Online Dating Site OkCupid: a Leader in Sustainable Social Media

Sustainable social media stems beyond marketing clichés, sales, and profits. While Facebook pages, social networking sites, blogs, and Twitter feeds are valuable cupidbusiness tools, they are –more importantly—a window into the human psyche. Through social media and social media analytics, industry leaders can quantify everything from demographics to trending conversations. In the end, social media makes a business powerful by helping key decision makers evaluate competitive markets from an informed perspective. Building upon principles of market research and demographic analysis, OkCupid takes the power of social media one step further into a direction where business, anthropology, and ethics converge into a precedent for better business.

Established by a team of mathematicians, OkCupid took the age-old concept of romance, and like many online dating services, translated it into the new language of Web 2.0. On OkCupid, users can—in a nutshell—flirt, converse, meet new people, and maybe even find love. Like many businesses, OkCupid’s analysts closely watch their users, documenting every detail from who’s messaging whom to who’s looking for what. Those who are familiar with the Internet advertising industry may interpret these practices as consumer insight analysis or behavioral targeting. For marketing research objectives, tracking user behavior is commonplace-- to make money, businesses need to understand their users.

But OkCupid is different. While they collect information to improve their product, they are doing more than maximizing their profits. They are building a sustainable business that advances intellectual advancement, innovation,dialogue, and openness online—they exemplify the concept of sustainable social media by transforming data into a language that an non-mathematicians can understand. They take numbers and turn them into money and a powerful voice.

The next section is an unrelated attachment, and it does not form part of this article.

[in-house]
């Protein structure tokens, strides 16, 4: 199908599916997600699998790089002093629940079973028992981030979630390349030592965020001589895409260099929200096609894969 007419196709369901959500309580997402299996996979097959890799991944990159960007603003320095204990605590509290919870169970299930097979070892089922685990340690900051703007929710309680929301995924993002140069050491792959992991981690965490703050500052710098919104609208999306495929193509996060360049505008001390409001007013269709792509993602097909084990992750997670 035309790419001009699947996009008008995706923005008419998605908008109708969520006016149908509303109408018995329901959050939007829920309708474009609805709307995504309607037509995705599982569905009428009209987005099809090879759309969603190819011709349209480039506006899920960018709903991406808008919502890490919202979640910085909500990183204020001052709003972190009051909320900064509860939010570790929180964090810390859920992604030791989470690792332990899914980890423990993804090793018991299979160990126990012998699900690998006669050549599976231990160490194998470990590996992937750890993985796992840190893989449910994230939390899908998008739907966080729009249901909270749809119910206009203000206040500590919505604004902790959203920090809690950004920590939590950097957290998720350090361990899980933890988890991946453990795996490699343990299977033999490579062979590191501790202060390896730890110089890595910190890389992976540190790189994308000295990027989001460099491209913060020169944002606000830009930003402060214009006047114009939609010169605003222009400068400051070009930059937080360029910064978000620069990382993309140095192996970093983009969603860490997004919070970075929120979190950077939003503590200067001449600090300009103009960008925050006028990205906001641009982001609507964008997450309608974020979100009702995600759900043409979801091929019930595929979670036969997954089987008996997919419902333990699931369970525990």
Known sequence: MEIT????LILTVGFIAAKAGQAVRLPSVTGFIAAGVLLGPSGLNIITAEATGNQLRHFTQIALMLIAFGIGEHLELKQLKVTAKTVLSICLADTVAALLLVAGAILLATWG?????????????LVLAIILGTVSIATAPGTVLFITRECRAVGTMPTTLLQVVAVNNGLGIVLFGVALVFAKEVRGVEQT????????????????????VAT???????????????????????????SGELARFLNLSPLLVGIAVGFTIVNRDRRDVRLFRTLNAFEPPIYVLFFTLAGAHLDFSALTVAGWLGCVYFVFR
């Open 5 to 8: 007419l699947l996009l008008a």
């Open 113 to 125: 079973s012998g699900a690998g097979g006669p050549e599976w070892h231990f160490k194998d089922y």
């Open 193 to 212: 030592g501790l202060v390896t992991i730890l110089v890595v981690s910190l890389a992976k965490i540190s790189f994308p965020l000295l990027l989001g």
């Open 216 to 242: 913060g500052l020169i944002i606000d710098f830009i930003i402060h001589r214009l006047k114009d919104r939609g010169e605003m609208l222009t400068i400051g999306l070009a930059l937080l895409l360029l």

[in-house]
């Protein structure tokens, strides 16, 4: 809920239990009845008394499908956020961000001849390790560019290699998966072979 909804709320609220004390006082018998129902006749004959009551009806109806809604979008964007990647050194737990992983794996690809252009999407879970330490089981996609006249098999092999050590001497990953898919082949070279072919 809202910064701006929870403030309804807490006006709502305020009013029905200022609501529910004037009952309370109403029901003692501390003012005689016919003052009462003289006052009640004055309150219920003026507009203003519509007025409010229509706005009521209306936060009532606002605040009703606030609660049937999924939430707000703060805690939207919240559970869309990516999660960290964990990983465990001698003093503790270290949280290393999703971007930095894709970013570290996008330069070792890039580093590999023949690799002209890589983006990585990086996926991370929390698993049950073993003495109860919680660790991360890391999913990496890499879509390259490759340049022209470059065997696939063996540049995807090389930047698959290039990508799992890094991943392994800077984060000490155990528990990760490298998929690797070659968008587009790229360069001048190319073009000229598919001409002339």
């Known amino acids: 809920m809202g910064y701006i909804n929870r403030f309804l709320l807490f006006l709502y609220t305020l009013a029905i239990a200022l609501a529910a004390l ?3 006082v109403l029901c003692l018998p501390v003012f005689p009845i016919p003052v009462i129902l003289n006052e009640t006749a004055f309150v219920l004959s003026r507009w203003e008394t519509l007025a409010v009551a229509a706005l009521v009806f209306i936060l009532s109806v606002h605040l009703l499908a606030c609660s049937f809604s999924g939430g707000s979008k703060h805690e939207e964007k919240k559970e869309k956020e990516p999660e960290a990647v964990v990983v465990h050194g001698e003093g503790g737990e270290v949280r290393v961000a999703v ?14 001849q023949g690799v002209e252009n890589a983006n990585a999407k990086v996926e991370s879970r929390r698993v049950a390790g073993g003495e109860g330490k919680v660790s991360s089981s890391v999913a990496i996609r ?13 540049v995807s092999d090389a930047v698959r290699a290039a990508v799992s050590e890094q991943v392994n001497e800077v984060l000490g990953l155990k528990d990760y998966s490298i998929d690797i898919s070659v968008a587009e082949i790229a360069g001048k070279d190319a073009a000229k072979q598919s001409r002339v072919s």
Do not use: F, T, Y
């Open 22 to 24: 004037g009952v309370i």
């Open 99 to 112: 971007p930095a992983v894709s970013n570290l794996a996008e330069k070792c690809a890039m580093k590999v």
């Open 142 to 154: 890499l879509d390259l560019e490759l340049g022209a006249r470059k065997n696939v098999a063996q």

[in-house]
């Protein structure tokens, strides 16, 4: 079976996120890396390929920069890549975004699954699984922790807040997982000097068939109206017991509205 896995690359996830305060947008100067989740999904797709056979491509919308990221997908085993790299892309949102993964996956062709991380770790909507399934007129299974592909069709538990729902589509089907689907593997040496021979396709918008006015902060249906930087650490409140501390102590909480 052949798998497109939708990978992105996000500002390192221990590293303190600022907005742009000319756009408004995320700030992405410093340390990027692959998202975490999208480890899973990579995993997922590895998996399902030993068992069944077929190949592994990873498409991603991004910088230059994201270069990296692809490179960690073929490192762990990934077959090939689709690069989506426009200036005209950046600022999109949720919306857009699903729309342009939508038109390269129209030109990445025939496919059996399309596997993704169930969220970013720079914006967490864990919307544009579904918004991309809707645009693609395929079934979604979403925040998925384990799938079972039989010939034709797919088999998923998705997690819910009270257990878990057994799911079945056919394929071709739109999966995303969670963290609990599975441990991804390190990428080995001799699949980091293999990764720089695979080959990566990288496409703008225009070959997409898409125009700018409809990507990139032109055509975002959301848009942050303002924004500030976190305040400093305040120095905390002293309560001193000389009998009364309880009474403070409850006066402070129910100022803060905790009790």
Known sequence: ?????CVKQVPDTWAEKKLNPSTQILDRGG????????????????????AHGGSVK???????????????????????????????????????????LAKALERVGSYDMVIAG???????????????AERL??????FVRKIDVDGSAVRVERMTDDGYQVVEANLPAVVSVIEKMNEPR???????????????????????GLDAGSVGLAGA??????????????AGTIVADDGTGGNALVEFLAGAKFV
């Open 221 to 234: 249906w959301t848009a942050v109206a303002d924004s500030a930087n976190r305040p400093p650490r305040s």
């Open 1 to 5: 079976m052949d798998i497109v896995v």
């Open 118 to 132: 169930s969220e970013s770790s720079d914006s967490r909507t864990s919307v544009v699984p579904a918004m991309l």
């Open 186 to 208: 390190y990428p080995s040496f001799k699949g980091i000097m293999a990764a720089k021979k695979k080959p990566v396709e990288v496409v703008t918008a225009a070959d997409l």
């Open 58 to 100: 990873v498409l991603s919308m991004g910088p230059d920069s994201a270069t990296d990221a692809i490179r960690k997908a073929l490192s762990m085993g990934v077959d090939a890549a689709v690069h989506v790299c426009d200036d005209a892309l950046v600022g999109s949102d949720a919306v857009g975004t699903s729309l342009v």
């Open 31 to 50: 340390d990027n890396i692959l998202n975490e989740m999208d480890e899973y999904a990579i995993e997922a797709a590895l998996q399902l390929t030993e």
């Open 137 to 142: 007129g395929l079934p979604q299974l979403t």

On their blog, OkCupid sparks controversy and inspires dialogue in the online dating space by analyzing  data related to race, homosexuality, beauty, and the lies that people tell when looking for love online. They show how numbers are more than just numbers by analyzing how people find love in a technology-driven world.

In October 2010, the OkCupid openly discussed an important topic—gay bashing.

“We see a lot of emotion out there, instead of information, and we wanted to provide some data-based context on sexuality so that people might make better choices about what they say, think, and do.”

Then, OkCupid did something about it:

“We run a massive dating site and therefore have unparalleled interest into sex and relationships. Here’s what we’ve found in numbers and charts.”

Through numbers, OkCupid presented sexuality as ambiguous and fluid and in a nutshell, established a powerful argument: “gay sexuality is not a threat.”

OkCupid takes what other businesses call “proprietary” data and transforms it into “human” data, exemplifying that for businesses, social media is more than just product-concepts, profits, and marketing tools. When engaging with users to achieve a higher level of human understanding, businesses make social media sustainable.

Did OkCupid sacrifice its success as a business at the expense of higher levels of sustainability?

The answer is: most likely not. As the Los Angeles Times reported last week, OkCupid was recently acquired by Internet dating giant Match.com for $50 million.

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